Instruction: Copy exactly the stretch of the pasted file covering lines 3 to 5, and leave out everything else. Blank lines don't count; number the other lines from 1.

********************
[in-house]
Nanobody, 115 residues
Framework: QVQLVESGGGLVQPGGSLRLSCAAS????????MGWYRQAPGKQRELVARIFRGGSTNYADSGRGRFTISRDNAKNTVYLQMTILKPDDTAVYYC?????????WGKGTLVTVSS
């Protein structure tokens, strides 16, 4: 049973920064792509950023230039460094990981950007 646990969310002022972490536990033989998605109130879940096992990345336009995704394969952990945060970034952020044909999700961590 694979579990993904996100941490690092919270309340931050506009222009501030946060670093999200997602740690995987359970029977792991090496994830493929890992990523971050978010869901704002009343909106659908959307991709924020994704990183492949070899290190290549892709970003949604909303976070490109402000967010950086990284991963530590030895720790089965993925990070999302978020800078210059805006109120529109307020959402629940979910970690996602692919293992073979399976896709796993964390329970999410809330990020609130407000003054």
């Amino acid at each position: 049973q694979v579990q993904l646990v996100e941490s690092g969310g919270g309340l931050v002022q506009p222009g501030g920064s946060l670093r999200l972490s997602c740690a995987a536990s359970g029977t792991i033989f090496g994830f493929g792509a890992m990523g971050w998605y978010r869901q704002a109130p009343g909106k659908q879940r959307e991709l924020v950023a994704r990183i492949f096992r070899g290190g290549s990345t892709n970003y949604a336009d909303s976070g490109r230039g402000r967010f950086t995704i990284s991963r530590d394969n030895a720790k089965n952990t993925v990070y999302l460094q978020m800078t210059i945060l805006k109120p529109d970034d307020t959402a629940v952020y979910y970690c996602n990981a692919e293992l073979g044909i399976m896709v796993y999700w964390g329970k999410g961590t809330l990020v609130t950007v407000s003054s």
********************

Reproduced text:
Framework: QVQLVESGGGLVQPGGSLRLSCAAS????????MGWYRQAPGKQRELVARIFRGGSTNYADSGRGRFTISRDNAKNTVYLQMTILKPDDTAVYYC?????????WGKGTLVTVSS
């Protein structure tokens, strides 16, 4: 049973920064792509950023230039460094990981950007 646990969310002022972490536990033989998605109130879940096992990345336009995704394969952990945060970034952020044909999700961590 694979579990993904996100941490690092919270309340931050506009222009501030946060670093999200997602740690995987359970029977792991090496994830493929890992990523971050978010869901704002009343909106659908959307991709924020994704990183492949070899290190290549892709970003949604909303976070490109402000967010950086990284991963530590030895720790089965993925990070999302978020800078210059805006109120529109307020959402629940979910970690996602692919293992073979399976896709796993964390329970999410809330990020609130407000003054």
């Amino acid at each position: 049973q694979v579990q993904l646990v996100e941490s690092g969310g919270g309340l931050v002022q506009p222009g501030g920064s946060l670093r999200l972490s997602c740690a995987a536990s359970g029977t792991i033989f090496g994830f493929g792509a890992m990523g971050w998605y978010r869901q704002a109130p009343g909106k659908q879940r959307e991709l924020v950023a994704r990183i492949f096992r070899g290190g290549s990345t892709n970003y949604a336009d909303s976070g490109r230039g402000r967010f950086t995704i990284s991963r530590d394969n030895a720790k089965n952990t993925v990070y999302l460094q978020m800078t210059i945060l805006k109120p529109d970034d307020t959402a629940v952020y979910y970690c996602n990981a692919e293992l073979g044909i399976m896709v796993y999700w964390g329970k999410g961590t809330l990020v609130t950007v407000s003054s």